Aquaponic Gardening

A Community and Forum For Aquaponic Gardeners

There has been some (much?) chatter on other AP forums about using redworms in your media beds to "process" your solids.  I love this idea!  Not only are the solids removed, but the plants benefit from the vermicompost.  I added about a pound of worms in my six beds a few weeks ago, and I'm hoping that they are happily going to town in there.

So here are my questions...

Do you use worms in your system?  How many to use per square ft of bed?  When do you add?  Do you feed them something (food scraps) besides the delicious fish solids?  

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Aloha Everyone
A word to the wise about any form of waste product ie manure be it rabbit, human (especially). The least of your problems may be E. col. O157, H7. If your aquaponic product is to be sold or consumed by anyone other than your family you could be in deep kim chee. I am sure you read about the Salmonella outbreak in eggs. Salmonella is carried by humans and chickens. Anyone ever hear of typhoid fever, this is a specific species of Salmonella. Shigella is transmitted only by humans to humans. By the way Google Typhoid Mary if you want to get a real good true story.
there are a myriad of bacteria that are transmitted by humans to people and from animals to humans. The great thing about aquaponics is the fish are cold blooded and do not transmit disease to people at least bacterial diseases. If you think organic means free from disease you are wrong. You are much more likely to get things like E coli because of using manure. Bacteria are the least of your worries there are many parasitic diseases transmitted by humans to humans and even animals to people even though less so.
I say this because there is no way you can be sure that you haven't transmitted something. It is just easier not to contaminate your system with manure. I don;'t think there is a problem with worms per say as long as they leave the manure behind and feast on the aquaponic manure.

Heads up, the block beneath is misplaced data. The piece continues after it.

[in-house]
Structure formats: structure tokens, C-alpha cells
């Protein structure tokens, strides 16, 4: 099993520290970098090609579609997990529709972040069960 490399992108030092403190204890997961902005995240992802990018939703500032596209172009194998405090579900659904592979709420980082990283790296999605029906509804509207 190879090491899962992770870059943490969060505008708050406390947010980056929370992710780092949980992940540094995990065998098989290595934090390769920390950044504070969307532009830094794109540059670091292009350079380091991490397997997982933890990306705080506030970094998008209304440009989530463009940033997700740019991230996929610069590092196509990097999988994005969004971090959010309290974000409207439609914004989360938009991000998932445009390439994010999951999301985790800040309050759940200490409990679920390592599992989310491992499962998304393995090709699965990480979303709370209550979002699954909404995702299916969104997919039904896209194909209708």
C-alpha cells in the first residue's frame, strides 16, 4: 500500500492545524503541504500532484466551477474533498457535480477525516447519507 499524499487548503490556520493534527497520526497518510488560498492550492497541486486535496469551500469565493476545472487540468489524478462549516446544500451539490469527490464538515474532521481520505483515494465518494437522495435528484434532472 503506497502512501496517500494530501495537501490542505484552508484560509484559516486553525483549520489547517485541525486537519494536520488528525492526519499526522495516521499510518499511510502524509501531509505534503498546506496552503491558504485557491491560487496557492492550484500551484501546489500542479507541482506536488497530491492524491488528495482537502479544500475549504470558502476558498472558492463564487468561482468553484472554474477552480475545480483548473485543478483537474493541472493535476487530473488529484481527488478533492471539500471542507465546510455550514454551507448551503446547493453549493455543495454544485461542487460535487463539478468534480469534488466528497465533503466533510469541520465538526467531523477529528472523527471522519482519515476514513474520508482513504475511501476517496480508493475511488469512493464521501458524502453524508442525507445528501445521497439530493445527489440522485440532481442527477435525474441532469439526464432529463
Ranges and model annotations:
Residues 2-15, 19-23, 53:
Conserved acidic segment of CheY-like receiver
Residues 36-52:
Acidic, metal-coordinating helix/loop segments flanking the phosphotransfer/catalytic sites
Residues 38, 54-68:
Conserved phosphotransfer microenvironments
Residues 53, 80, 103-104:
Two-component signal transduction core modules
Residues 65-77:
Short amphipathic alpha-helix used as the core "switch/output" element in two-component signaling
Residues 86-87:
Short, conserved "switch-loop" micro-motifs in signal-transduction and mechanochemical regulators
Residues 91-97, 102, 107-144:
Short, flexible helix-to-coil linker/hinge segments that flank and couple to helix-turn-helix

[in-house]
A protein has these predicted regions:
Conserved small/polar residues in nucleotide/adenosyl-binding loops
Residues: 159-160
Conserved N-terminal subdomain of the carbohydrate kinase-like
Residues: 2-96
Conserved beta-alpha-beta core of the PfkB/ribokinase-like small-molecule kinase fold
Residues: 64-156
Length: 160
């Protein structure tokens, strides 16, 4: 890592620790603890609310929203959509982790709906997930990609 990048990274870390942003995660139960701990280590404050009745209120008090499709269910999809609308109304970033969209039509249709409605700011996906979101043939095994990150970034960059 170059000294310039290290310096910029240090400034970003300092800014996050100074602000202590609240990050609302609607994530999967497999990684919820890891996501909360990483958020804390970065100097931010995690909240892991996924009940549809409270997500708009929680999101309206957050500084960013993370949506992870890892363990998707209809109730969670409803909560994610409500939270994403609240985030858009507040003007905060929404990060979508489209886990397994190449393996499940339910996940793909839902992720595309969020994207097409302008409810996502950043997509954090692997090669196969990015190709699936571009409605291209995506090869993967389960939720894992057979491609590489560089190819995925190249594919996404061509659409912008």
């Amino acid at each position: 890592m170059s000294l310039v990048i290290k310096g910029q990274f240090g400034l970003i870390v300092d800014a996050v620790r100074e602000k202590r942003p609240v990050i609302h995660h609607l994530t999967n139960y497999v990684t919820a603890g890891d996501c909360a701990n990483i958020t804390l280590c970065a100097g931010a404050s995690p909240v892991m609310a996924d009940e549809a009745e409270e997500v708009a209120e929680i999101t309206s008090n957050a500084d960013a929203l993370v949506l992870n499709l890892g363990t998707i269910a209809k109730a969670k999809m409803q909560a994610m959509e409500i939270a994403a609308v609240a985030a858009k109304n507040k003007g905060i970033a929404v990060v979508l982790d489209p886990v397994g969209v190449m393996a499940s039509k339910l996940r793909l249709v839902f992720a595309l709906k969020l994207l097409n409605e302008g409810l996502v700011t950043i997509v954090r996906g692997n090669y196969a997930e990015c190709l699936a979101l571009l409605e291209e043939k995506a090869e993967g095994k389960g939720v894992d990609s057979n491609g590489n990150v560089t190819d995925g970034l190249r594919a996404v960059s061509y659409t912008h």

I am not taking this off the top of my head. I am a Medical Laboratory Technologist and taught Microbiology at the University of Nebraska at Omaha for over 10 years. Because the bad bugs are much more common these days the likely chance of passing them on is much greater. You can not tell whether you are a carrier or not. Take the parasite Giardia. Many people are infected with no symptoms. Where do you get Giardia? Mainly from forest streams or mountain streams also from people to people.
Please be careful these things can make you sick and others as well. It is not necessary to contaminate your system with any human or animal waste.
Mahalo for listening I apologise if I offended anyone but it needed to be said
Thanks for the info TCLynx and Raychel A Watkins. It sounds like I should be composting the rabbit manure before adding it to the vermiponics system. It seems like it would also work to microwave it, since cooking kills off the bacteria. Not sure how my husband will feel about that... Might be better to carve out an area in our tiny backyard for manure composting, or a composting bucket in the basement maybe.
I highly recommend reading the humanure handbook as it does cover these topics fairly well.

Amy Youngs said:
Thanks for the info TCLynx and Raychel A Watkins. It sounds like I should be composting the rabbit manure before adding it to the vermiponics system. It seems like it would also work to microwave it, since cooking kills off the bacteria. Not sure how my husband will feel about that... Might be better to carve out an area in our tiny backyard for manure composting, or a composting bucket in the basement maybe.
I'm happy to find this thread on worms. In my system plans I planned for worms. It's nice to see others thinking along the same lines. In my plan, I saw three ways to use worms. The first is for feed, the second is for grow beds and the third is in my passive filtration. Adding nutrients and reducing solids all along the way. I've already started my wormbeds and I'm having great luck in propagating new worms. I'm using red wigglers and european nightcrawlers ( seperate bins). Of course the object is to grow everything the system needs within the system and stay organic. Does anyone know if worms and duckweed is a complete enough nutrition package for Tilapia? What eles could I add to their diet for health and an growth?
I just want to remind everyone that using worms in a system doesn't "add" nutrients. Only feed or materials added into a system actually add nutrients (with the possible exception of growing legumes or other plants with nitrogen fixing bacteria/fungi partners if those partners populate the beds and/or plant roots in the Aquaponic situation, I don't know of any testing having been done on this yet.)

Anyway, by adding worms you are not Adding nutrients unless you are some how giving additional feed to the worms. The worms simply aid in the process of breaking down solids and making the nutrients from the solids break down more available to the plants faster (this can happen without worms it just takes longer and solids build up becomes more of an issue.)